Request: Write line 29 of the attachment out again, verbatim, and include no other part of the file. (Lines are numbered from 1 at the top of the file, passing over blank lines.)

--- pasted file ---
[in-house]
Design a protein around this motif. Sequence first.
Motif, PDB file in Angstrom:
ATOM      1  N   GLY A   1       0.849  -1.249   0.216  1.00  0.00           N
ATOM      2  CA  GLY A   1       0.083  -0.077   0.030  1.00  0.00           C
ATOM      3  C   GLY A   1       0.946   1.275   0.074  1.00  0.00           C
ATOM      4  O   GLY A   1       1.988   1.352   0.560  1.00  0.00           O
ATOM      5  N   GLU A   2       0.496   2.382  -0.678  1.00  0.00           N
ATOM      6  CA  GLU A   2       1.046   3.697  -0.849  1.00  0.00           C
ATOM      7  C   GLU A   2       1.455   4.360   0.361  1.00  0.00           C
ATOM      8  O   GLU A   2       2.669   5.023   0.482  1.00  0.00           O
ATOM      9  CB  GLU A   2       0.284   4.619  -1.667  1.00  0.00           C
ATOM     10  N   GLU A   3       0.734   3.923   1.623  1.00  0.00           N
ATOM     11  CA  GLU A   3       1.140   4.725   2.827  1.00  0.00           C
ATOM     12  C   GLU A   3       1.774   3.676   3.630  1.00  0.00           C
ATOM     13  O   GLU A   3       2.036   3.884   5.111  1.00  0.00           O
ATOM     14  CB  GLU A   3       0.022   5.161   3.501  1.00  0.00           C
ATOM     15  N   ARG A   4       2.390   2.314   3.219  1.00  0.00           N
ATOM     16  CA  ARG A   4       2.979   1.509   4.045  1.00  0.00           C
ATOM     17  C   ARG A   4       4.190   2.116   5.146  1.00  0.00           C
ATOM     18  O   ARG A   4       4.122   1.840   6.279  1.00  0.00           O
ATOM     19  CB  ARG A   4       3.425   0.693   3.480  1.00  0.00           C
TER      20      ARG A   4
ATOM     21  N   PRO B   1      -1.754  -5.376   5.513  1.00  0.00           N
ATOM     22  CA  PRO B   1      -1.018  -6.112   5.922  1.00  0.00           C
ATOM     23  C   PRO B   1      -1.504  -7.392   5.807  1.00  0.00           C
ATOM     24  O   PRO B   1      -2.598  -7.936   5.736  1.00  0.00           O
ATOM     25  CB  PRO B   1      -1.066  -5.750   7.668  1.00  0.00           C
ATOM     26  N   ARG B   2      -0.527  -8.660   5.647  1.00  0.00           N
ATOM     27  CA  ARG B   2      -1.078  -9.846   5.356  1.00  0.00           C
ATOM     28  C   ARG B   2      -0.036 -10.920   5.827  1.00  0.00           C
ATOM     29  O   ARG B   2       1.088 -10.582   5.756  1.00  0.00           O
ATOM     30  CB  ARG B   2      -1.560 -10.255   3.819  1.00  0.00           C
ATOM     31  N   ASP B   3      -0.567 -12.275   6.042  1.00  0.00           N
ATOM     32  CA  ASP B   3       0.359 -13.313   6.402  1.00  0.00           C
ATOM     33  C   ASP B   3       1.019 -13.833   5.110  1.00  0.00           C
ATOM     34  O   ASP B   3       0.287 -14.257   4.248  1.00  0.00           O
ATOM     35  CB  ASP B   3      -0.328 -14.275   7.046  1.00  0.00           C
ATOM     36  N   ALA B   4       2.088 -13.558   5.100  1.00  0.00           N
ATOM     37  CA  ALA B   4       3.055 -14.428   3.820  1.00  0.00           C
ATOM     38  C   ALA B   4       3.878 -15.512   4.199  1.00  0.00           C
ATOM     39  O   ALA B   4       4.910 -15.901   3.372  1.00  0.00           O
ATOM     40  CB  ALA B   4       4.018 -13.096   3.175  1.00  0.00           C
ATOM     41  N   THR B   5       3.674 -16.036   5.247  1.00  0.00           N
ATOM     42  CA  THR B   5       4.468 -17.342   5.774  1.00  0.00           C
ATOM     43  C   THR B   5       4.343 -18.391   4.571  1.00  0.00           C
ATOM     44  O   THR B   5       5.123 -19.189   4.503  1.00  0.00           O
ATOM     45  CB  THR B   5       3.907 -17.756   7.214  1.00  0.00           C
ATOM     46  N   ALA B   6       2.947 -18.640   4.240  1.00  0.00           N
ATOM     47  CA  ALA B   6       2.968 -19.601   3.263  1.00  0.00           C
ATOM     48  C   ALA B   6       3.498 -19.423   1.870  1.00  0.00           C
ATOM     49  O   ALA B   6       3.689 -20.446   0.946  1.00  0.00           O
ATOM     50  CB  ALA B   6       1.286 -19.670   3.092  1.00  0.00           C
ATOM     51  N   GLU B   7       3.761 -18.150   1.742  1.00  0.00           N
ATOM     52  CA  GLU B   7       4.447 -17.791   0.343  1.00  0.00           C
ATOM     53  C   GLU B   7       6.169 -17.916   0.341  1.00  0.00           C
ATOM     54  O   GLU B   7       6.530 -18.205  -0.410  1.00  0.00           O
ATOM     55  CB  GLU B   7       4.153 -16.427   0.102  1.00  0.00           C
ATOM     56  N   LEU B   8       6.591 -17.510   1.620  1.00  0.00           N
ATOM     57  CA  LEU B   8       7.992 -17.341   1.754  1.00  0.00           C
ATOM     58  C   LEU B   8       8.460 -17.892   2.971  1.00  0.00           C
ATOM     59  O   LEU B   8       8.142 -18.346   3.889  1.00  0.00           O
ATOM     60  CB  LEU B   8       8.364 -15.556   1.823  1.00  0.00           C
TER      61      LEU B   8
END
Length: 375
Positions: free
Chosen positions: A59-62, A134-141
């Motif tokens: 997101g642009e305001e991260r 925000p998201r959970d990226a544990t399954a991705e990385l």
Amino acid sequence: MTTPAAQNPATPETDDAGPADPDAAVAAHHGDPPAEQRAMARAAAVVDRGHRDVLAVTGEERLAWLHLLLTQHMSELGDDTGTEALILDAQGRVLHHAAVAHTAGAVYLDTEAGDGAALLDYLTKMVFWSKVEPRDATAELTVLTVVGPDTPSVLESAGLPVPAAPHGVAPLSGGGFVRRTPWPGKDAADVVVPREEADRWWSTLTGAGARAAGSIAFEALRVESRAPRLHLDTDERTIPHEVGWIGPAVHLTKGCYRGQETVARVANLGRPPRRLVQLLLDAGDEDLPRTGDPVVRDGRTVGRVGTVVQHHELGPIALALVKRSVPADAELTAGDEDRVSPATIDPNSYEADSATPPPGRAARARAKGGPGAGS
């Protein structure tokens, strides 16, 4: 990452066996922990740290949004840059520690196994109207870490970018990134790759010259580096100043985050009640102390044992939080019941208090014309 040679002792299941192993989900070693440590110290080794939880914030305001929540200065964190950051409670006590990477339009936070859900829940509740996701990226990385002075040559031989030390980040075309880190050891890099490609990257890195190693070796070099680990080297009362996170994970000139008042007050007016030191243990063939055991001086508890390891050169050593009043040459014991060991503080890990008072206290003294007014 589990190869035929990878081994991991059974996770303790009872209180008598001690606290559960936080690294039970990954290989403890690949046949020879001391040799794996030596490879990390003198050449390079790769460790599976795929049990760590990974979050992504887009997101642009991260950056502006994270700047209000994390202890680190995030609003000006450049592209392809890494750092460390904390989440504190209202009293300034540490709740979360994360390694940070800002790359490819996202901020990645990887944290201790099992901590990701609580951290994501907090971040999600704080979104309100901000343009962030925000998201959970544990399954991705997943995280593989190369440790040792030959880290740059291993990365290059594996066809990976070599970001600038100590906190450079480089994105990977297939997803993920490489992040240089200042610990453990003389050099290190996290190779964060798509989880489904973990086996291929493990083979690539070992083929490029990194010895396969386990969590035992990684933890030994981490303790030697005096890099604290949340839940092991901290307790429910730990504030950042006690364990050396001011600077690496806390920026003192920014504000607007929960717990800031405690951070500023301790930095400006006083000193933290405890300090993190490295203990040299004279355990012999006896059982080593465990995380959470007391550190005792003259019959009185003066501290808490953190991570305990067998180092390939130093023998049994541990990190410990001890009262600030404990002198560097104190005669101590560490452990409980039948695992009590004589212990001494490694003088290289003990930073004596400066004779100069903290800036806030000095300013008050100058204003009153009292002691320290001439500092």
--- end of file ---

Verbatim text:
ATOM     26  N   ARG B   2      -0.527  -8.660   5.647  1.00  0.00           N